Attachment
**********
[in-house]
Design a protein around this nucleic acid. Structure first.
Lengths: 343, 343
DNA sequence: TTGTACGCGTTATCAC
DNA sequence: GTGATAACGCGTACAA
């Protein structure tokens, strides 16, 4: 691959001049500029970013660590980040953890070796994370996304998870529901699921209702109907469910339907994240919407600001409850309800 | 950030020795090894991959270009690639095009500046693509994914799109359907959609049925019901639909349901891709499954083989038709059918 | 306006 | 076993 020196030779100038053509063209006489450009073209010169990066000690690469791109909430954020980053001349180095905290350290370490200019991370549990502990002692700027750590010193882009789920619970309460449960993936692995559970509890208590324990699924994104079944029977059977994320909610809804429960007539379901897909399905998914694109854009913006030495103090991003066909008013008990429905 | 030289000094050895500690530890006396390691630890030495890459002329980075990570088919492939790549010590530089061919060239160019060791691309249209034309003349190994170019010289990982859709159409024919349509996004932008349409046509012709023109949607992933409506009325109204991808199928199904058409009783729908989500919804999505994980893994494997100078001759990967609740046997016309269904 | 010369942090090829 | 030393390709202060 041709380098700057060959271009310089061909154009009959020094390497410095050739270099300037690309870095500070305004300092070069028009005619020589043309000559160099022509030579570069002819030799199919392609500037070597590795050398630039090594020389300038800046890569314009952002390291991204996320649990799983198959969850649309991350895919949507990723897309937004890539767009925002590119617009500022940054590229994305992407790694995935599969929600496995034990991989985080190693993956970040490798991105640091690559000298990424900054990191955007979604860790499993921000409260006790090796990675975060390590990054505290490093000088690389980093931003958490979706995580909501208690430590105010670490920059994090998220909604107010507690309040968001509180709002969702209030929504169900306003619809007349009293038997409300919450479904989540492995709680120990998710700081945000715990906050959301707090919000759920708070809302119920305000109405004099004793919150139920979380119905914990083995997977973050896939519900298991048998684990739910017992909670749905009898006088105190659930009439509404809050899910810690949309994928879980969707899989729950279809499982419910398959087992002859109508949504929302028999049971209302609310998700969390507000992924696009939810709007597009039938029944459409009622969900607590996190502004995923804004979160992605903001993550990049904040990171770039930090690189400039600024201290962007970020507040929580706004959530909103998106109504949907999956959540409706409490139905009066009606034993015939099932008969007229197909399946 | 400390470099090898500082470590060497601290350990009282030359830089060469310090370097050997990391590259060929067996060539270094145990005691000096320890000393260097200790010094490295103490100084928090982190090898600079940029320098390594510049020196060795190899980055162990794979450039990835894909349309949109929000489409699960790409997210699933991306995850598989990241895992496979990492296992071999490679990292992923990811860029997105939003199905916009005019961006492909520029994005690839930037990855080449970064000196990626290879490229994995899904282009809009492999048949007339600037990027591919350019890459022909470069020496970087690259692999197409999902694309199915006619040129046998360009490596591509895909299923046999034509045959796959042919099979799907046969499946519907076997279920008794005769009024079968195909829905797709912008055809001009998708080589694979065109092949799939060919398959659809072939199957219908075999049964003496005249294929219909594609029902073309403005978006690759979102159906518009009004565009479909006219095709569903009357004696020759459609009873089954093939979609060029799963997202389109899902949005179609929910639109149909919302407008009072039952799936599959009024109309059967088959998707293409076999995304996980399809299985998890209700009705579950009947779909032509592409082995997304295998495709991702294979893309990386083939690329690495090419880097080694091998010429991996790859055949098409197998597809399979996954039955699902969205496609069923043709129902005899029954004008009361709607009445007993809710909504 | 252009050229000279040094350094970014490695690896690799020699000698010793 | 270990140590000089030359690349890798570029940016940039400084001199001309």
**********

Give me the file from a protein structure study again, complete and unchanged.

[in-house]
Design a protein around this nucleic acid. Structure first.
Lengths: 343, 343
DNA sequence: TTGTACGCGTTATCAC
DNA sequence: GTGATAACGCGTACAA
């Protein structure tokens, strides 16, 4: 691959001049500029970013660590980040953890070796994370996304998870529901699921209702109907469910339907994240919407600001409850309800 | 950030020795090894991959270009690639095009500046693509994914799109359907959609049925019901639909349901891709499954083989038709059918 | 306006 | 076993 020196030779100038053509063209006489450009073209010169990066000690690469791109909430954020980053001349180095905290350290370490200019991370549990502990002692700027750590010193882009789920619970309460449960993936692995559970509890208590324990699924994104079944029977059977994320909610809804429960007539379901897909399905998914694109854009913006030495103090991003066909008013008990429905 | 030289000094050895500690530890006396390691630890030495890459002329980075990570088919492939790549010590530089061919060239160019060791691309249209034309003349190994170019010289990982859709159409024919349509996004932008349409046509012709023109949607992933409506009325109204991808199928199904058409009783729908989500919804999505994980893994494997100078001759990967609740046997016309269904 | 010369942090090829 | 030393390709202060 041709380098700057060959271009310089061909154009009959020094390497410095050739270099300037690309870095500070305004300092070069028009005619020589043309000559160099022509030579570069002819030799199919392609500037070597590795050398630039090594020389300038800046890569314009952002390291991204996320649990799983198959969850649309991350895919949507990723897309937004890539767009925002590119617009500022940054590229994305992407790694995935599969929600496995034990991989985080190693993956970040490798991105640091690559000298990424900054990191955007979604860790499993921000409260006790090796990675975060390590990054505290490093000088690389980093931003958490979706995580909501208690430590105010670490920059994090998220909604107010507690309040968001509180709002969702209030929504169900306003619809007349009293038997409300919450479904989540492995709680120990998710700081945000715990906050959301707090919000759920708070809302119920305000109405004099004793919150139920979380119905914990083995997977973050896939519900298991048998684990739910017992909670749905009898006088105190659930009439509404809050899910810690949309994928879980969707899989729950279809499982419910398959087992002859109508949504929302028999049971209302609310998700969390507000992924696009939810709007597009039938029944459409009622969900607590996190502004995923804004979160992605903001993550990049904040990171770039930090690189400039600024201290962007970020507040929580706004959530909103998106109504949907999956959540409706409490139905009066009606034993015939099932008969007229197909399946 | 400390470099090898500082470590060497601290350990009282030359830089060469310090370097050997990391590259060929067996060539270094145990005691000096320890000393260097200790010094490295103490100084928090982190090898600079940029320098390594510049020196060795190899980055162990794979450039990835894909349309949109929000489409699960790409997210699933991306995850598989990241895992496979990492296992071999490679990292992923990811860029997105939003199905916009005019961006492909520029994005690839930037990855080449970064000196990626290879490229994995899904282009809009492999048949007339600037990027591919350019890459022909470069020496970087690259692999197409999902694309199915006619040129046998360009490596591509895909299923046999034509045959796959042919099979799907046969499946519907076997279920008794005769009024079968195909829905797709912008055809001009998708080589694979065109092949799939060919398959659809072939199957219908075999049964003496005249294929219909594609029902073309403005978006690759979102159906518009009004565009479909006219095709569903009357004696020759459609009873089954093939979609060029799963997202389109899902949005179609929910639109149909919302407008009072039952799936599959009024109309059967088959998707293409076999995304996980399809299985998890209700009705579950009947779909032509592409082995997304295998495709991702294979893309990386083939690329690495090419880097080694091998010429991996790859055949098409197998597809399979996954039955699902969205496609069923043709129902005899029954004008009361709607009445007993809710909504 | 252009050229000279040094350094970014490695690896690799020699000698010793 | 270990140590000089030359690349890798570029940016940039400084001199001309």